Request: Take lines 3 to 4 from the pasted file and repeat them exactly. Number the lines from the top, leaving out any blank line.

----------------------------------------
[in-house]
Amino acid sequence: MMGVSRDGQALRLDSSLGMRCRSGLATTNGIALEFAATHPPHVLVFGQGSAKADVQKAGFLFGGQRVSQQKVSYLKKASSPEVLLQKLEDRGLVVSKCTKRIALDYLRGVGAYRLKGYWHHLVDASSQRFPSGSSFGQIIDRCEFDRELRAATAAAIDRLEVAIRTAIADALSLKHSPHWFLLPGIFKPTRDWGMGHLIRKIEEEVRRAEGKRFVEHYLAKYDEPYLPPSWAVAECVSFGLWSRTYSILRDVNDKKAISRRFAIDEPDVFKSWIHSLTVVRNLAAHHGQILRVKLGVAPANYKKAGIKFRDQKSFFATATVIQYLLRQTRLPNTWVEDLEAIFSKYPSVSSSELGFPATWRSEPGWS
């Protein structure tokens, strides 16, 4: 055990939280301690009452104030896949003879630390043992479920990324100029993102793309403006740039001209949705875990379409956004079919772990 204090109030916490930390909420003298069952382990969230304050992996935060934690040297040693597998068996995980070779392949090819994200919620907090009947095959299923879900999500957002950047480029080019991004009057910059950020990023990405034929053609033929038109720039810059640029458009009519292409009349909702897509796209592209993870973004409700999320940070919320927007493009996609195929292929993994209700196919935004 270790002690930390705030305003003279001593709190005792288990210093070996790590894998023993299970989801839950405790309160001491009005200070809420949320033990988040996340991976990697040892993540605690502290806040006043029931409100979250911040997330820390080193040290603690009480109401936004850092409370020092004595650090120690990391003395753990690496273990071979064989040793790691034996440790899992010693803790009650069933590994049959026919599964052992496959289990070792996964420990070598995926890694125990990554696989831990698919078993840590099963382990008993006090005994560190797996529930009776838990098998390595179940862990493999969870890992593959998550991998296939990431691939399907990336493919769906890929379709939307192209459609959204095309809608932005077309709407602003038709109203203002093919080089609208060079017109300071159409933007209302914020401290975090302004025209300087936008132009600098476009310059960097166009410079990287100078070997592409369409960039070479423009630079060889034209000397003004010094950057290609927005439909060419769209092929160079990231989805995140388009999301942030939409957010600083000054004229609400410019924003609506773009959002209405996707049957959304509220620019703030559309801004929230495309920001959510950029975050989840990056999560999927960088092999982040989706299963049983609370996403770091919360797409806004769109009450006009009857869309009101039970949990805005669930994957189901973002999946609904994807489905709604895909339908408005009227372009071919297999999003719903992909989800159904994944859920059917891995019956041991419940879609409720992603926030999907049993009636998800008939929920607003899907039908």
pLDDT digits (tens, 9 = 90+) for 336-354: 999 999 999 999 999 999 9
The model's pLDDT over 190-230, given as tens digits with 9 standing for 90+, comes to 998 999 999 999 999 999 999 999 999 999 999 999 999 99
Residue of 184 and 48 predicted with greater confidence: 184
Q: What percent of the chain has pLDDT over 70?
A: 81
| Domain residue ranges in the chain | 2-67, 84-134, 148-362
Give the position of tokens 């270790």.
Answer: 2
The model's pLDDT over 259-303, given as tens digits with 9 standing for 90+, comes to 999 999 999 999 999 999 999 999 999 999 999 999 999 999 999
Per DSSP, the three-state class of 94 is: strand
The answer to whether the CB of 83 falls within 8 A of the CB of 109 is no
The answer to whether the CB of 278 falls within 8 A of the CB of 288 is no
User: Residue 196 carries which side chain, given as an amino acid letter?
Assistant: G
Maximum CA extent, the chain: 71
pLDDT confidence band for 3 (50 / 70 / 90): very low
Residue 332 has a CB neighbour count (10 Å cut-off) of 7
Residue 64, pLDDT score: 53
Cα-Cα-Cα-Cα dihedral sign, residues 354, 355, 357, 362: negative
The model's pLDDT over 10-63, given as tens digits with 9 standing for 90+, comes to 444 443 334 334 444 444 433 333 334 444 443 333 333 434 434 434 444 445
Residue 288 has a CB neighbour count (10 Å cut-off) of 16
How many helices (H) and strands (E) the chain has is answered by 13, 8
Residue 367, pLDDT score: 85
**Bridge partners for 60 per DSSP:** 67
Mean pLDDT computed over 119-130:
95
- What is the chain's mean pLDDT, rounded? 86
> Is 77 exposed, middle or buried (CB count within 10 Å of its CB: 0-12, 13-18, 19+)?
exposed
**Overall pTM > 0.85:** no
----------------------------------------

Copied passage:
């Protein structure tokens, strides 16, 4: 055990939280301690009452104030896949003879630390043992479920990324100029993102793309403006740039001209949705875990379409956004079919772990 204090109030916490930390909420003298069952382990969230304050992996935060934690040297040693597998068996995980070779392949090819994200919620907090009947095959299923879900999500957002950047480029080019991004009057910059950020990023990405034929053609033929038109720039810059640029458009009519292409009349909702897509796209592209993870973004409700999320940070919320927007493009996609195929292929993994209700196919935004 270790002690930390705030305003003279001593709190005792288990210093070996790590894998023993299970989801839950405790309160001491009005200070809420949320033990988040996340991976990697040892993540605690502290806040006043029931409100979250911040997330820390080193040290603690009480109401936004850092409370020092004595650090120690990391003395753990690496273990071979064989040793790691034996440790899992010693803790009650069933590994049959026919599964052992496959289990070792996964420990070598995926890694125990990554696989831990698919078993840590099963382990008993006090005994560190797996529930009776838990098998390595179940862990493999969870890992593959998550991998296939990431691939399907990336493919769906890929379709939307192209459609959204095309809608932005077309709407602003038709109203203002093919080089609208060079017109300071159409933007209302914020401290975090302004025209300087936008132009600098476009310059960097166009410079990287100078070997592409369409960039070479423009630079060889034209000397003004010094950057290609927005439909060419769209092929160079990231989805995140388009999301942030939409957010600083000054004229609400410019924003609506773009959002209405996707049957959304509220620019703030559309801004929230495309920001959510950029975050989840990056999560999927960088092999982040989706299963049983609370996403770091919360797409806004769109009450006009009857869309009101039970949990805005669930994957189901973002999946609904994807489905709604895909339908408005009227372009071919297999999003719903992909989800159904994944859920059917891995019956041991419940879609409720992603926030999907049993009636998800008939929920607003899907039908």
pLDDT digits (tens, 9 = 90+) for 336-354: 999 999 999 999 999 999 9